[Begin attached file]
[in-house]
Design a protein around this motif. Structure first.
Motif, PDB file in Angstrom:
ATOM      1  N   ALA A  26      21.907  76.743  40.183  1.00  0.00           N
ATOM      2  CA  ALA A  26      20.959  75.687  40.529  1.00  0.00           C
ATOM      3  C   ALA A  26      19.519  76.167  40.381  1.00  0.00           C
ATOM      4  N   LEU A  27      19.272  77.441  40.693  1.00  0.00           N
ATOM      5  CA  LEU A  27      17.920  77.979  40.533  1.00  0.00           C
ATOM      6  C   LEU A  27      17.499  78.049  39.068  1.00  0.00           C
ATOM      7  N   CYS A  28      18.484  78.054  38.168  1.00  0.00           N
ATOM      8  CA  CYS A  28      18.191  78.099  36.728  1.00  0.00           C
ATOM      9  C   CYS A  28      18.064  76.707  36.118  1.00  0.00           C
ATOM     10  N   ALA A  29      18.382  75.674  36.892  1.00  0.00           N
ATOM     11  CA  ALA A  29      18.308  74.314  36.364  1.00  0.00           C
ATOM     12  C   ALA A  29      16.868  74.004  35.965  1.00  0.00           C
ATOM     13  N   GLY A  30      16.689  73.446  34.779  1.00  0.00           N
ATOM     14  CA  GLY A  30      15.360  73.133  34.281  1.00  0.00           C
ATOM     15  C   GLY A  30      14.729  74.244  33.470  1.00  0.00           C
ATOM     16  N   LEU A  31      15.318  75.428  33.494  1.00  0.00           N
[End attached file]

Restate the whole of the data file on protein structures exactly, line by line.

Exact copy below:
[in-house]
Design a protein around this motif. Structure first.
Motif, PDB file in Angstrom:
ATOM      1  N   ALA A  26      21.907  76.743  40.183  1.00  0.00           N
ATOM      2  CA  ALA A  26      20.959  75.687  40.529  1.00  0.00           C
ATOM      3  C   ALA A  26      19.519  76.167  40.381  1.00  0.00           C
ATOM      4  N   LEU A  27      19.272  77.441  40.693  1.00  0.00           N
ATOM      5  CA  LEU A  27      17.920  77.979  40.533  1.00  0.00           C
ATOM      6  C   LEU A  27      17.499  78.049  39.068  1.00  0.00           C
ATOM      7  N   CYS A  28      18.484  78.054  38.168  1.00  0.00           N
ATOM      8  CA  CYS A  28      18.191  78.099  36.728  1.00  0.00           C
ATOM      9  C   CYS A  28      18.064  76.707  36.118  1.00  0.00           C
ATOM     10  N   ALA A  29      18.382  75.674  36.892  1.00  0.00           N
ATOM     11  CA  ALA A  29      18.308  74.314  36.364  1.00  0.00           C
ATOM     12  C   ALA A  29      16.868  74.004  35.965  1.00  0.00           C
ATOM     13  N   GLY A  30      16.689  73.446  34.779  1.00  0.00           N
ATOM     14  CA  GLY A  30      15.360  73.133  34.281  1.00  0.00           C
ATOM     15  C   GLY A  30      14.729  74.244  33.470  1.00  0.00           C
ATOM     16  N   LEU A  31      15.318  75.428  33.494  1.00  0.00           N